Many conclusions can be taken from the various sources I have used in the research. First of all, the conclusion of perceived and felt emotions is that we can actually understand the emotions of a piece of music without actually feeling them. So we know the emotion that the song expresses but we do not feel it ourselves. However, this does not mean that this is the same for everyone. You could actually feel the emotion of a song yourself, for example when you can relate to a song or the lyrics of a song because you are going through the same process. Secondly, from the piece differences in pitch and tempo can be concluded that the pitch and tempo define the emotion of the song. As seen in the picture in the appendix, musicians use different kind of pitches and beats to create a certain emotion. 6 The third piece, different emotions to different music styles, suggests that music affects our emotions. Yet, it also states that we tend to listen to music that reflects our mood. Although the last statement is also made in another article 7 , it cannot be concluded which of the two is true. Does music affect our emotions or does our music choice reflect our mood? I tend to believe the first one, but seen from the first piece, it could also be that I do not really feel the emotion, I just perceive it, which would mean that music does not affect our emotions. Finally, from the survey it can be concluded that music does not trigger our emotions directly: it triggers the memories that come with the music. These memories can range from sad memories, such as a funeral, to fun memories, such as a wedding or a very fun rollercoaster ride.

Practice

The result from my personal experience is that I did feel different whilst listening to two different kinds of music. On the one hand I felt happy and excited and on the other hand I felt angry, but boosted. According to me, I felt different listening to the two styles. However, it cannot be concluded that everyone else feels or experiences the same. Everyone has a different mind and likes different music. 8 There might also be a difference between boys and girls or between different cultures, but that would be a topic for my a follow-up research. Furthermore, it cannot be assumed that I actually felt like that. It could be that the heavy metal just provoked my unconsciousness. Maybe I was angry at something in the back of my mind and I did not know that and the heavy metal just provoked that feeling. So from my personal experience, it can be assumed that, for me personally, I reacted emotionally different to the two styles.

General conclusion

So, the opinions on the relation between music and emotion vary. Some claim that music affects our emotions whilst others state that it is the other way around: emotions affect our music choice. A total other approach to this, is that it is not the music that triggers our emotions, it is the underlying memories that come with the music that triggers our emotions. I have not picked a side yet, however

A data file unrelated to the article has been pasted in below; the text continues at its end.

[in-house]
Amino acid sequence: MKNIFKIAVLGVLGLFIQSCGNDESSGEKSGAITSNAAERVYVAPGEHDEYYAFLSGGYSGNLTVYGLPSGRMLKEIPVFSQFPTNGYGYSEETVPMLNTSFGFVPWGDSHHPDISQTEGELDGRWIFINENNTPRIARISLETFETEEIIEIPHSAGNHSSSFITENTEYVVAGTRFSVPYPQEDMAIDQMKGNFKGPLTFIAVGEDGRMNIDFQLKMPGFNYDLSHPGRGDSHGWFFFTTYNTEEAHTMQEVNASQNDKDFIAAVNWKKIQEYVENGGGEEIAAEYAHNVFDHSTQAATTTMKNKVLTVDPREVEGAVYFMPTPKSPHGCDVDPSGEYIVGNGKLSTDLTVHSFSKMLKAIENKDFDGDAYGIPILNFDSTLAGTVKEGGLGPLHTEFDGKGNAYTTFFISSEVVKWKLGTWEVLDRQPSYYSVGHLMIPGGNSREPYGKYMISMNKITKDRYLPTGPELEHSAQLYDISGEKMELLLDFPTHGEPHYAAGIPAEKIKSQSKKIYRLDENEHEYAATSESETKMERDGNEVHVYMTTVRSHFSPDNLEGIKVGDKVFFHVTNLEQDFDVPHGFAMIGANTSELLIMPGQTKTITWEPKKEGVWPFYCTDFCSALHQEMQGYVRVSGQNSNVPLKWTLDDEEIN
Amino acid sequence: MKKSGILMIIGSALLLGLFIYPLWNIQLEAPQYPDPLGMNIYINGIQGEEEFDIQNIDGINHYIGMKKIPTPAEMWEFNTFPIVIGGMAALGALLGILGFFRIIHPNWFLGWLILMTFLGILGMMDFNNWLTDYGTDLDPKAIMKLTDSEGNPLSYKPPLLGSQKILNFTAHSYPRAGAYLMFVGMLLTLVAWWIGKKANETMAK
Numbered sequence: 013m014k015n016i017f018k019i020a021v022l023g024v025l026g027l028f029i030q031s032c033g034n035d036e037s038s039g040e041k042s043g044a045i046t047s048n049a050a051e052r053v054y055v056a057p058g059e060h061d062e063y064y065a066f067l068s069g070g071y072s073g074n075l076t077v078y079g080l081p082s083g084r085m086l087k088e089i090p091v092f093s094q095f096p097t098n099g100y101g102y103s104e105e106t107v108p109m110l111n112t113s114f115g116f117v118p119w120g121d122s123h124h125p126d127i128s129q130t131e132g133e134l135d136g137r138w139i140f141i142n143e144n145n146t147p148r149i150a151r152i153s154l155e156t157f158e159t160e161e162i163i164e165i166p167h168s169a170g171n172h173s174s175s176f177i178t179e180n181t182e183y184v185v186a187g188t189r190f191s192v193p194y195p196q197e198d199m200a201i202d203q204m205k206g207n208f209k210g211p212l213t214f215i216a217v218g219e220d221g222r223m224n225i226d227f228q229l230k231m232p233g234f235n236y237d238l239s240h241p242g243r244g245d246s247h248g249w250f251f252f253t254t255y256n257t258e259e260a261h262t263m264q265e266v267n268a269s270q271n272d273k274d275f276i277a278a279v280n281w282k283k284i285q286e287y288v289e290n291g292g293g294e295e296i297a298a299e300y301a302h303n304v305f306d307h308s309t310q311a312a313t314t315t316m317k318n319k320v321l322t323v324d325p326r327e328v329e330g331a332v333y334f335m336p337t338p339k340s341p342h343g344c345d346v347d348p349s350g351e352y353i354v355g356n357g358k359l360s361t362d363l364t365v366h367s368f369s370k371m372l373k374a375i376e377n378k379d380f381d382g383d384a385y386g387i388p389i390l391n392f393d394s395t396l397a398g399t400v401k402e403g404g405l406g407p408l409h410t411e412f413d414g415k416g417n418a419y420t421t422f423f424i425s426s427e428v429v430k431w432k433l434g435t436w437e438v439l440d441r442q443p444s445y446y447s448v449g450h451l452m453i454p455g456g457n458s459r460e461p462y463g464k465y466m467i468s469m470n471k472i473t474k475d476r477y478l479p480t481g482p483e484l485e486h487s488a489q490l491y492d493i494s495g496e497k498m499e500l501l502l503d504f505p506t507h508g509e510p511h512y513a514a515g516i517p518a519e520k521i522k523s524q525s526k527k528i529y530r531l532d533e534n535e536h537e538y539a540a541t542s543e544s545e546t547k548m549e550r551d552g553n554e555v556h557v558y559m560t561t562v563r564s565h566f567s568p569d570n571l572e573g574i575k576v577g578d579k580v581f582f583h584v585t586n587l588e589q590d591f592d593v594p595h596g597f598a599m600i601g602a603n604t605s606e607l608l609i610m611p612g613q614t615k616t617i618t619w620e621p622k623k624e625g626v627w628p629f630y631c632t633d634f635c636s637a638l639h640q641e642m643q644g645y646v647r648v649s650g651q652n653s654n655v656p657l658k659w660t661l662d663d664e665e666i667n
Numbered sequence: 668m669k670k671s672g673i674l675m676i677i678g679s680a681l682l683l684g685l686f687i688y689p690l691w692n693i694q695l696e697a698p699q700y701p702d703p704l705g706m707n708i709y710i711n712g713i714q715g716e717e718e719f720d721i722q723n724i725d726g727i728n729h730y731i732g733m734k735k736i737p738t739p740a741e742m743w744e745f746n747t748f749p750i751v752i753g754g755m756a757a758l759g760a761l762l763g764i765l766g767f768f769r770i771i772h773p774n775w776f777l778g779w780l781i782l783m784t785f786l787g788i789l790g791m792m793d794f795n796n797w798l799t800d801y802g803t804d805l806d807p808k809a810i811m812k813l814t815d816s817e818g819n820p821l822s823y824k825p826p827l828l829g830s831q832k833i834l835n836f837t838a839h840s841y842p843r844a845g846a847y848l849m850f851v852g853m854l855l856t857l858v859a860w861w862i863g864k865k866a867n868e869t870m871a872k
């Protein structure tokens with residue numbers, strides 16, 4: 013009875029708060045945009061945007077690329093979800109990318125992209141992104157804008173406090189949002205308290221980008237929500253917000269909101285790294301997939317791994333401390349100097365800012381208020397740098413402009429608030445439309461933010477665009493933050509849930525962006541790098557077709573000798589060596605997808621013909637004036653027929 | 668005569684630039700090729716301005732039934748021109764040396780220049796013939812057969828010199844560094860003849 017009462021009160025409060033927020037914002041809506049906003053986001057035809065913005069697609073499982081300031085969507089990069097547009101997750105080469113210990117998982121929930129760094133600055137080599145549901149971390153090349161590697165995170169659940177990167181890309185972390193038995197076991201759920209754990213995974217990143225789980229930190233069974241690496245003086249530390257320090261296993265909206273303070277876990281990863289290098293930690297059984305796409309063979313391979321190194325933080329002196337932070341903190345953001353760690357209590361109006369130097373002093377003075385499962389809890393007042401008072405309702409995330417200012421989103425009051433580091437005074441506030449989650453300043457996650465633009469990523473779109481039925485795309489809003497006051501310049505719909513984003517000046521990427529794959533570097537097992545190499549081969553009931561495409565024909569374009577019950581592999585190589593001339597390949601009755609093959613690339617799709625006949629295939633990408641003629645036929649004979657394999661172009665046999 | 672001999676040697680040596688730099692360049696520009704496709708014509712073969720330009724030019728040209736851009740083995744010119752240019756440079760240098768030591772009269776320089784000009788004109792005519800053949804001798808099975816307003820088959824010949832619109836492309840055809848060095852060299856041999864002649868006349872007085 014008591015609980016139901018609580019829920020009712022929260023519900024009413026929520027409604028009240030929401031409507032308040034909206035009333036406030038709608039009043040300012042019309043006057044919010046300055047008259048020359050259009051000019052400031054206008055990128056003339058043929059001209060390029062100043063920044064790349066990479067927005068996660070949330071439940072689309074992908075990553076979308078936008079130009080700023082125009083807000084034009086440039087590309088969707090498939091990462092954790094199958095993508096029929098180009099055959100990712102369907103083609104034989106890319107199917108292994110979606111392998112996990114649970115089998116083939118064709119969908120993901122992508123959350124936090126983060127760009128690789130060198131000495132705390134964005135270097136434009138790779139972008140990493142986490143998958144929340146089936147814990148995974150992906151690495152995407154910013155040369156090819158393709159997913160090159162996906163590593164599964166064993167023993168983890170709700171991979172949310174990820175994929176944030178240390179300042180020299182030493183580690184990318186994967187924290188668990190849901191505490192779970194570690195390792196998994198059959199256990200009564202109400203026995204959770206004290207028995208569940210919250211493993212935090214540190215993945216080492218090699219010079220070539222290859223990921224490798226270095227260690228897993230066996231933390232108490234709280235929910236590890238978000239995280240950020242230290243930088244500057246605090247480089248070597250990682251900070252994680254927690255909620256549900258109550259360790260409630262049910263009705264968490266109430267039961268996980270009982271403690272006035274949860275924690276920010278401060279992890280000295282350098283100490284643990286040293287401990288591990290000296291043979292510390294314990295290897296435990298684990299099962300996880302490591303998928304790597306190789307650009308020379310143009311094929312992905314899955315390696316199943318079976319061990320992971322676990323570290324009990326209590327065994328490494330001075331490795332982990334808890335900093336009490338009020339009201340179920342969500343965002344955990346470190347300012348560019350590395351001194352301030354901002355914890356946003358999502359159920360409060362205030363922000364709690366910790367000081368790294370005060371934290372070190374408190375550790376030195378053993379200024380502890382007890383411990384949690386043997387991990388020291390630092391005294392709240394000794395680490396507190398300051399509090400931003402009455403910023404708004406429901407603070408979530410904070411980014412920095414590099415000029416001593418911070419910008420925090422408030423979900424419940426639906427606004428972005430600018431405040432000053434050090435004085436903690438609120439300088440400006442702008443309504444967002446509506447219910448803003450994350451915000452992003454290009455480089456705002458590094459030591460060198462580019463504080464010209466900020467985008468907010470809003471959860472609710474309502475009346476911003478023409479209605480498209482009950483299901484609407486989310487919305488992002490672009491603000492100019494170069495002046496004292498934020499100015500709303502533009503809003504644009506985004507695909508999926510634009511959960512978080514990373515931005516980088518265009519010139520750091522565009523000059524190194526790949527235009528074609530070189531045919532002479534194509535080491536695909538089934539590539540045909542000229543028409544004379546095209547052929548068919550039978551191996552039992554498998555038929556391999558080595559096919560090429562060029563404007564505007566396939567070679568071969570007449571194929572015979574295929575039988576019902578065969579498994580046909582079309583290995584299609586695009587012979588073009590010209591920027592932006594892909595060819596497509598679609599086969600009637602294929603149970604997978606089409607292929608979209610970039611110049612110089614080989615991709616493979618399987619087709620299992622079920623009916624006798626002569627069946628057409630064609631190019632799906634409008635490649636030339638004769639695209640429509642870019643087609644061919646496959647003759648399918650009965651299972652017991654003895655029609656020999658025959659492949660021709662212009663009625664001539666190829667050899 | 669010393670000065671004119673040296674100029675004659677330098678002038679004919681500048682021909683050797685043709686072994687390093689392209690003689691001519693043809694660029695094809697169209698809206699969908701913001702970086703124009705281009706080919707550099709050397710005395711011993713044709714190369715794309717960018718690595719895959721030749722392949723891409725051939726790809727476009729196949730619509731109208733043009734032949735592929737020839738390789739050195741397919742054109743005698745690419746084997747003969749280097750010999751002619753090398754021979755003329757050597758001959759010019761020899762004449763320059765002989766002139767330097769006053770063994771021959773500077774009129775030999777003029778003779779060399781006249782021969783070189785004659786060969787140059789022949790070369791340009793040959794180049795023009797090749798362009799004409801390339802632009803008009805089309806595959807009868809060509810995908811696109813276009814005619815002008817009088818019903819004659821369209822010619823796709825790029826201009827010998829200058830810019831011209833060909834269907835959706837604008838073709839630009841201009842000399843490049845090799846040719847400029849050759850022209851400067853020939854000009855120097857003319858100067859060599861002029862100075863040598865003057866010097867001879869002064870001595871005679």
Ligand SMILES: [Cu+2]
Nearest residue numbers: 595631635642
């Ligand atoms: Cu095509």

• I do agree with the statement that the pitch and tempo define the emotion we perceive during a song. Personally, I experienced the same as the first piece stated: some emotions are not felt, they

are perceived. I do not think that I actually felt the emotions of the song that I listened, I assume that

  • I knew, because of the pitch and the tempo, that the songs had different emotions and that is why I perceived that. Yet, I can never be entirely sure.

  • 6 See appendix

  • 8 See appendix

6
6

GLC Research Report

Noortje van Nunen, 4Ve

GLC Research Report Noortje van Nunen, 4Ve Information that does not fit in any of my

Information that does not fit in any of my other categories

6 This table shows a musicians’ use of acoustic cues when communicating emotion in music performance and relations between emotions and psychophysiological responses. Abbreviations: c-change; n-normal

GLC Research Report Noortje van Nunen, 4Ve Information that does not fit in any of my

8 This chart is from the same survey as the other pie chart. This chart shows that happiness has a different meaning for everyone and that happiness comes with different music styles for different people. So the music that makes me feel happy (upbeat music), does not make everyone feel happy. As you can see, some people feel happiness while listening to rock, whilst I absolutely do not.

7
7

GLC Research Report

Noortje van Nunen, 4Ve

All the sources I’ve used
All the sources I’ve used

Front-page:

Note: I used most sources to get an overall view of the subject.

8
8